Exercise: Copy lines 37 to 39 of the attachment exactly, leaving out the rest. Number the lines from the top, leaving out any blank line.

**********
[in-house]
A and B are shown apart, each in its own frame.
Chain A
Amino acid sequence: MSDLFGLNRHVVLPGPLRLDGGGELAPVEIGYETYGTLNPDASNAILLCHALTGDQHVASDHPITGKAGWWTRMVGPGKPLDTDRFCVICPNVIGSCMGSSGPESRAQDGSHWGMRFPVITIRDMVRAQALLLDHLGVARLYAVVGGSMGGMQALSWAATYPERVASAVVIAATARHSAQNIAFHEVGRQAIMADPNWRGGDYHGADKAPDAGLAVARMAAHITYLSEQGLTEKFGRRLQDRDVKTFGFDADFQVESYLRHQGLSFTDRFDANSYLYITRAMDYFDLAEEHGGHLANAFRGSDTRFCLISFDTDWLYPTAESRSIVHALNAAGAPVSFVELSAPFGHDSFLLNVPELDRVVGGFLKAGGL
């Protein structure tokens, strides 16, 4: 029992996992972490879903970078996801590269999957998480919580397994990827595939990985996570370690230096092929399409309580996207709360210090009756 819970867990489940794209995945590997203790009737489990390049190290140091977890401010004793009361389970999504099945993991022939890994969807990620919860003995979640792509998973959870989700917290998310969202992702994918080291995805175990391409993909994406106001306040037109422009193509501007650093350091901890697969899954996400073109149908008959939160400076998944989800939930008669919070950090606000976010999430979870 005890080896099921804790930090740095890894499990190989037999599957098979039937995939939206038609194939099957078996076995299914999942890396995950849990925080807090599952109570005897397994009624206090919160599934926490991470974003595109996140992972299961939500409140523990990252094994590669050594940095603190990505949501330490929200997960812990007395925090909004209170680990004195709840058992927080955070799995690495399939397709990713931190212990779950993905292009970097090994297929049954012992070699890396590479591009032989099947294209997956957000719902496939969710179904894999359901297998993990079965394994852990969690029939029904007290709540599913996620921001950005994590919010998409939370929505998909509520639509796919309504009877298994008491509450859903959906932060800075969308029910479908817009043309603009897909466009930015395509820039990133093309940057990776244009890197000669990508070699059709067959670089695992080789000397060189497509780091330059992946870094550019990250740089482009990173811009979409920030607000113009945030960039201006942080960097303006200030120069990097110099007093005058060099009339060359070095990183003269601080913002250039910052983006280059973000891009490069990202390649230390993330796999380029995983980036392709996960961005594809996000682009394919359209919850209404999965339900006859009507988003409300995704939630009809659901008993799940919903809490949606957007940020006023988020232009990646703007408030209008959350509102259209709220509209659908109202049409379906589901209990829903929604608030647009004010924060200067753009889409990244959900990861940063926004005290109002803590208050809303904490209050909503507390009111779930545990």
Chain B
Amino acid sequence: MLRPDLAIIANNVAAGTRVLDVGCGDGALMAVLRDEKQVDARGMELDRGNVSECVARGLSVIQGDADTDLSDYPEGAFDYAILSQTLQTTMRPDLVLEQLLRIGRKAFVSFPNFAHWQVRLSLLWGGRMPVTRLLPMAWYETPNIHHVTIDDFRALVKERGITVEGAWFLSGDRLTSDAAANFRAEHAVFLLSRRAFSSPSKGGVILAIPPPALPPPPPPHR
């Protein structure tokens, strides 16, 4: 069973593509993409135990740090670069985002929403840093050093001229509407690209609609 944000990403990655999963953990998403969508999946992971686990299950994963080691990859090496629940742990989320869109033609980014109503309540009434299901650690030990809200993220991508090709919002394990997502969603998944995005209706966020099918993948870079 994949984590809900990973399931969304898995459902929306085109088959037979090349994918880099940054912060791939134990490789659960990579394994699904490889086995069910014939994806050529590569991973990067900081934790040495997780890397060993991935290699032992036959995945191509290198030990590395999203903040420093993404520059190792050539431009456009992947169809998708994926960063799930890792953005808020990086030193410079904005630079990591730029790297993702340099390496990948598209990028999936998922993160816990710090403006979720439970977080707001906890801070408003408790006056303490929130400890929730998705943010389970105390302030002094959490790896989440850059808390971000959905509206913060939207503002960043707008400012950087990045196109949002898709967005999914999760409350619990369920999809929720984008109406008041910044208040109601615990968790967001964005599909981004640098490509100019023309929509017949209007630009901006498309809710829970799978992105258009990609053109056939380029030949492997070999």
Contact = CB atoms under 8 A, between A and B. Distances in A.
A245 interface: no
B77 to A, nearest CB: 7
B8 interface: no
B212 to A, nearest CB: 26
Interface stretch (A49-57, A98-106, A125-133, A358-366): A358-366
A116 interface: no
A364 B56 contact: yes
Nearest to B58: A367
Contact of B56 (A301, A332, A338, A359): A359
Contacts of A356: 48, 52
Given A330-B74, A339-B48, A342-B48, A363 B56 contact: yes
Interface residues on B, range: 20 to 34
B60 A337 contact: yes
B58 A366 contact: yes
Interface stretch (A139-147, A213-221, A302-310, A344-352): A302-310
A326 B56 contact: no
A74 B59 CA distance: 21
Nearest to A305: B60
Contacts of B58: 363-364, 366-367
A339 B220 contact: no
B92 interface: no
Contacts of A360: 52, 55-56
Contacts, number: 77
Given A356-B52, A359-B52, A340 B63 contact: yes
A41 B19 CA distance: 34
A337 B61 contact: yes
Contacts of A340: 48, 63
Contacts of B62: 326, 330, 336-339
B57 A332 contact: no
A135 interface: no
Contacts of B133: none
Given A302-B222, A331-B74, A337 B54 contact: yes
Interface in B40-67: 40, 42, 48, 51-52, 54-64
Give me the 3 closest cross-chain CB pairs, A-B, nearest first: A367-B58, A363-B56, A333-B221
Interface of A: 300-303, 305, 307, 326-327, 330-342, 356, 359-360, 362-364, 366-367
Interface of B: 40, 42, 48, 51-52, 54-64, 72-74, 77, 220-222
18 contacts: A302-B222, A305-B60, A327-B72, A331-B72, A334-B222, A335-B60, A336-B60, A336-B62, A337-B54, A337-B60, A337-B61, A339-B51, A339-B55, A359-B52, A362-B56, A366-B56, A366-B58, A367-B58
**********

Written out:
Contacts of B62: 326, 330, 336-339
B57 A332 contact: no
A135 interface: no